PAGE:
Body weight and power?

Discussion in 'Cycling Training' started by terry potter, Mar 1, 2008.

  1. terry potter

    terry potter New Member

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    I am interested to find out the relationship between power output and body weight. I am 178 lbs and I am curious to know how it would effect my cycling if I was to drop 10lbs. I have never cycled at that weight. My riding is mixed 80% flat 20% hills, this is during a 3hour 100km club ride.
    Cheers Terry.
     
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  2. INCE

    INCE New Member

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    As long as you don't lose too much muscle mass, your total wattage generally should not decrease. Keep in mind that certain percentage of your total weight lost is ALWAYS some muscles mass (unless you have some metabolic disorder). .

    There is a finite limit however.

    I found that if I monitor % body fat (taking care not dropping below certain, found through trial and error, age-adjusted minimum), the total wattage may even increase.

    The overall effect on W/kg (of dropping unnecessary weight) is very drastic. Weight reduction is literally more effective than any doping. By my estimate, to a point of course, each 1% of body weight lost translates to 1.5-2% increase in W/kg. I suspect it's due to increase in efficiency associated with loss of live biomass that requires more maintenance energy than the equivalent static weight. Cheers.
     
  3. daveryanwyoming

    daveryanwyoming Well-Known Member

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    On long or steep hills the savings is almost directly proportional to body weight assuming your power stays the same. Climb a long 6% grade and drop those 10 pounds (say 198 total with bike to 188 total with bike) and you'll get up that hill about 5% faster for the same effort. Or you'll climb it at the same speed but it won't feel so tough.

    You save a bit on flats, but much less just some due to decreased rolling resistance and generally lighter folks punch a bit smaller hole in the air so perhaps a bit of air resistance. But the big savings happens while climbing. If you want to do some "what if" planning check out: http://www.analyticcycling.com/ForcesSpeed_Page.html and plug in different weights for the same power at various grades to see the effect of weight(enter total weight of you, the bike, your water, etc.).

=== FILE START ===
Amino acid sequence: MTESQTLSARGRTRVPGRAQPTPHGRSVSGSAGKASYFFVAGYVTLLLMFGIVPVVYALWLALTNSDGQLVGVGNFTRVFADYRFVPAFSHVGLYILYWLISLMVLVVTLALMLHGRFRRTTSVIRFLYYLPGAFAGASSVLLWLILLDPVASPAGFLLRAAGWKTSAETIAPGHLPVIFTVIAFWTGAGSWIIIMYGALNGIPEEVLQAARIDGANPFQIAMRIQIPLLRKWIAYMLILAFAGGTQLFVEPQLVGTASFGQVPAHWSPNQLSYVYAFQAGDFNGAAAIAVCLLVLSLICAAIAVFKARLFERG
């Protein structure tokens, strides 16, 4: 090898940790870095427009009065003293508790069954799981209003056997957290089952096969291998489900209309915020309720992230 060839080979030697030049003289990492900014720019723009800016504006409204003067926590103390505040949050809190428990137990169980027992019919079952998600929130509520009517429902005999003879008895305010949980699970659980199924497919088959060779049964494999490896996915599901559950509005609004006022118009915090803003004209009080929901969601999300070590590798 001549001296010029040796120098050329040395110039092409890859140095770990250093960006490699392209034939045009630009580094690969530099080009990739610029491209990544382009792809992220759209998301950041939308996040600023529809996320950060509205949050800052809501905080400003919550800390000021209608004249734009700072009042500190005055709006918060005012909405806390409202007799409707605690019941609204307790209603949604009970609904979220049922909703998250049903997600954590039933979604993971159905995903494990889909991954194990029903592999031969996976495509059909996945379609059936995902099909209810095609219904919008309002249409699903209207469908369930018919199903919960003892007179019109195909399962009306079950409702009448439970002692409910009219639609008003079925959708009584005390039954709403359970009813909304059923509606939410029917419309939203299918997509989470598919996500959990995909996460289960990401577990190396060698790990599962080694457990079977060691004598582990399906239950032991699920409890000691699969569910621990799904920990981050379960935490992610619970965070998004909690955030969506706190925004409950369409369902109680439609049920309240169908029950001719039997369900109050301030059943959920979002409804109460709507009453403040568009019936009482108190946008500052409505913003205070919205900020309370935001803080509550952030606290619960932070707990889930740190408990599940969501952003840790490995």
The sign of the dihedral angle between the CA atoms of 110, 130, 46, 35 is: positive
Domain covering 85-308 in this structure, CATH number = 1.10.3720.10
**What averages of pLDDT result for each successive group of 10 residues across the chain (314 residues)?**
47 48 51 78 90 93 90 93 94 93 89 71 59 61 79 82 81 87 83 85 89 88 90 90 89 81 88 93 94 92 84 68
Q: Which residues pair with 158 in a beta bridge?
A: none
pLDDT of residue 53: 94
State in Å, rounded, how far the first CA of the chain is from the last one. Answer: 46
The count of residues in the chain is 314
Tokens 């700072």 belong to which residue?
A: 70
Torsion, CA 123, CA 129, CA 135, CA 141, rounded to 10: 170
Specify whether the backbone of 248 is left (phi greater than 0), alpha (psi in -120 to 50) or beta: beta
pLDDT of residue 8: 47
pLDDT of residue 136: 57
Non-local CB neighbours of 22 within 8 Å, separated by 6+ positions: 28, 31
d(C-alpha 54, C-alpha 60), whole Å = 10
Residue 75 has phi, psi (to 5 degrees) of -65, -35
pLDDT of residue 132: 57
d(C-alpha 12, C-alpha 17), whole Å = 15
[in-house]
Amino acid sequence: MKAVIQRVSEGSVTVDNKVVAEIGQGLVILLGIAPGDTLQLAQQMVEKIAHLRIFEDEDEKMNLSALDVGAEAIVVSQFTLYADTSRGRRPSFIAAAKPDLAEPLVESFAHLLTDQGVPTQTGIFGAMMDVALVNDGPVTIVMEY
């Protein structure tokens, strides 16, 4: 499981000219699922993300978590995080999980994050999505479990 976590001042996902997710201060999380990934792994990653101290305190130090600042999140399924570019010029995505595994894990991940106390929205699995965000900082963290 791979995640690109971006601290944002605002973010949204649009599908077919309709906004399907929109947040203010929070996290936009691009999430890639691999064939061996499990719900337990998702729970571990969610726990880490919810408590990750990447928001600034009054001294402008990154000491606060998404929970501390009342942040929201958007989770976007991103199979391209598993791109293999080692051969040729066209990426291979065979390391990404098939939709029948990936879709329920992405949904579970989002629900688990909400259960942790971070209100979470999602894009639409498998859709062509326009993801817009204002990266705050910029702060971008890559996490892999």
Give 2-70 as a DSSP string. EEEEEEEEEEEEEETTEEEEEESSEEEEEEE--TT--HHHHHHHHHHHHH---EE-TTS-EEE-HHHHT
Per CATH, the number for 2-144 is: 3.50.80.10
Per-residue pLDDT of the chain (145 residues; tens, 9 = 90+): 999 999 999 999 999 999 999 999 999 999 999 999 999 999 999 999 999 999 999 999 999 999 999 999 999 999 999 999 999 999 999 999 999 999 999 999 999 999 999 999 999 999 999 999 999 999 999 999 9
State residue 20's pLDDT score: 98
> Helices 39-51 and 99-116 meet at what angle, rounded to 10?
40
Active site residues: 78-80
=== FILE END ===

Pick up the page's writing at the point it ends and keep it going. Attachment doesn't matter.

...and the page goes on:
Anyway, watts per kilogram is what it's all about for hills at least. Ideally you increase watts through training and decrease kilograms to a healthy minimum. But even just working the kg side has benefits. You might also be interested in Andy Coggan's power profiling: http://www.cyclingpeakssoftware.com/images/powerprofile_v4.gif
    Enter an estimate of your power for various time durations at various weights and see where that places you on the profiles.

    If you'll still be healthy at the lower weight, then by all means drop the pounds.

    -Dave
     
  4. Steve_B

    Steve_B New Member

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    No, the effect upon W/kg is due to Watts and due to kilograms, nothing more, nothing less. It's pure physics. For the same power going up a hill, the heavier rider will be slower.

    When I go to analyticcycling.com's Forces On A Rider section, I don't see a place to enter "% live biomass".... Think about why that is.;)
     
  5. kmavm

    kmavm New Member

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    Nobody's denying that; however, my experience has been that losing weight can, directly or indirectly, raise the W numerator as well. Speculating that it's due to your heart and lungs having a lower resting metabolic rate, and therefore can divert a greater portion of your limited VO2Max to working musculature.
     
  6. daveryanwyoming

    daveryanwyoming Well-Known Member

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    Same experience here, but I strongly suspect that's because I lose weight by increasing exercise not by strict dieting. IOW, my weight loss comes from more time on the bike, not surprising power increases are correlated with weight losses when those weight losses are driven by exercise.

    -Dave
     
  7. Steve_B

    Steve_B New Member

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    I don't know. According to this adipose tissue contains many small blood vessels, but is it drawing away a significant amount of resources during exercise?
     
  8. kmavm

    kmavm New Member

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    True, but a) every little bit counts, and b) who said you're only losing fat? If my speculation has any truth to it, losing non-cycling muscle (i.e., upper body) would be the most valuable weight to lose of all...
     
  9. Squint

    Squint New Member

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    Could it be that when you're leaner, your body dissipates heat better?
     
  10. swampy1970

    swampy1970 Well-Known Member

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    Yes.

    Fat is a good insulator. It's also good at storing heat to some extent as well as preventing the body from dissopating internal heat.
     
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